London is Burning
– A film exploring London’s response to the financial crisis.
Director: Haim Bresheeth
“Riots are the voice of the unheard” – Reverend Martin Luther King
The financial crisis following the banking collapse in 2008, has been a purely man-made phenomenon, an unsurprising result of the suicidal economics of short-term, casino economics of the international financial sector, and its capital, the City of London. The link between production and ‘wealth creation’ has been shattered by the financialisation of international capital, hence creating a market detached from economic realities. This has led to the deepest financial crisis in our lifetime, with hundreds of millions all over the world suffering, and having to pay the cost of the reckless financial market.
Instead of dealing with the banks and financial institutions of Capitalism which have brought about this latest crisis, the UK Coalition government has launched a massive attack on the victims – the unemployed, the low-wage earners, migrant workers, people on benefits, the old and the infirm. They are to ones who are paying the cost of the banks profligacy.
Decades of individualism, competition and state-encouraged selfishness, combined with a systematic crushing of unions and the ever-increasing criminalisation of dissent, have made Britain one of the most unequal countries in the developed world. In this context, the riots and ensuing ransacking of shops and other premises are examined by the film maker.
The Apples of the Golan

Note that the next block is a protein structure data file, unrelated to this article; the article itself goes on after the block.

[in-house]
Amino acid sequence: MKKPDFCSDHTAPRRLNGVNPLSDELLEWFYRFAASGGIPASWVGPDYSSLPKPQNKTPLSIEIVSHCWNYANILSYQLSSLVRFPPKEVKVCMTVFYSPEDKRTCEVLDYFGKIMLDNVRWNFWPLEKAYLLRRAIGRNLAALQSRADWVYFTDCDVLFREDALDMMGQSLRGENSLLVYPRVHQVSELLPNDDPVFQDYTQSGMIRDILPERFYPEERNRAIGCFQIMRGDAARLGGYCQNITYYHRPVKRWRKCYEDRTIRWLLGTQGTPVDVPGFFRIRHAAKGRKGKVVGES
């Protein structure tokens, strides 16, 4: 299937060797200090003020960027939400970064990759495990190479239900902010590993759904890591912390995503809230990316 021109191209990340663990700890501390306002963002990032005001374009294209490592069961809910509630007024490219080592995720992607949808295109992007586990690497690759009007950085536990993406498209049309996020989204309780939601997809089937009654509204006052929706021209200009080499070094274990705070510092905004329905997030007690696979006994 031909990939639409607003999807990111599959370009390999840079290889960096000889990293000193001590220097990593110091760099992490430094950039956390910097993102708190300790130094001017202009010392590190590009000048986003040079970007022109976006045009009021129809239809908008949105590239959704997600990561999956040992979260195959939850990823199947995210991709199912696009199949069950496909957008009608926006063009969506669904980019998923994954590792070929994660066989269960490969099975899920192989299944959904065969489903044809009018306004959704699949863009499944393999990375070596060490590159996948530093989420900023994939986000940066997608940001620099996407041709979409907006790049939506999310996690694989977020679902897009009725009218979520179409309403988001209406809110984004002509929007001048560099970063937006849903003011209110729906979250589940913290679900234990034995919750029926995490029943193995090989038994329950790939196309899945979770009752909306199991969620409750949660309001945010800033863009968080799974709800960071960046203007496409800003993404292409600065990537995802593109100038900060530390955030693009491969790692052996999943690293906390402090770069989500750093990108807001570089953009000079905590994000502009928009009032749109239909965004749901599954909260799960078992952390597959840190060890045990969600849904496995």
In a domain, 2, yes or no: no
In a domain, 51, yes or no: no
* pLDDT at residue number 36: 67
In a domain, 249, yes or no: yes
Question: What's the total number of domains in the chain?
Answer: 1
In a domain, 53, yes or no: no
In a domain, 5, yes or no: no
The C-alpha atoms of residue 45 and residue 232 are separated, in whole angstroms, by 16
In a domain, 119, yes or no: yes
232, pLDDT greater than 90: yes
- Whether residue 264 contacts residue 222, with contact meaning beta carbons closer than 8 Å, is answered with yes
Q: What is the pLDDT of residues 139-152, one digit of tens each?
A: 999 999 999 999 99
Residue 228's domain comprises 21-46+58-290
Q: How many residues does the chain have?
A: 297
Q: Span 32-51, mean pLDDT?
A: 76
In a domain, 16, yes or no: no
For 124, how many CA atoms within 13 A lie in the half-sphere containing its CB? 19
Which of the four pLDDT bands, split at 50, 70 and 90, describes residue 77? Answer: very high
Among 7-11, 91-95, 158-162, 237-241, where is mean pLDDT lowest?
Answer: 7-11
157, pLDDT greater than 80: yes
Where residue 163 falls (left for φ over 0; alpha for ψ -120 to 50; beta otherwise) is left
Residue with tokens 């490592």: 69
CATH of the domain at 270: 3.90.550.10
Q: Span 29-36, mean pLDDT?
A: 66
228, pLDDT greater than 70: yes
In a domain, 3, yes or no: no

– tells the story of Majdal Shams, one of five remaining Arab villages in the Israeli-occupied Golan Heights. Before the occupation there were 139 such villages, which have now mostly been destroyed. Cut off from their homeland since the events of the Six Day War, the villagers fight to maintain their national identity amid political uncertainty, border disputes and the Syrian Civil War. They are all connected to, and owe their existence to, the apples which grow all around the village.
Irish film-makers Keith Walsh and Jill Beardsworth spent five years among the people of the village and have woven together, from the interlocking lives of the apple growers, rappers, salsa dancers, holy men, traitors, and freedom fighters that make up this unique community, a film that is a complex portrait of a place, a people, and the apple trees that root them to land. APPLES OF THE GOLAN covers the four year period up until the Syrian conflict begins to turn into civil war, as the effects are being felt in the Golan Heights. It is a portrait of a village’s survival but also documents the beginning of its journey into the unknown.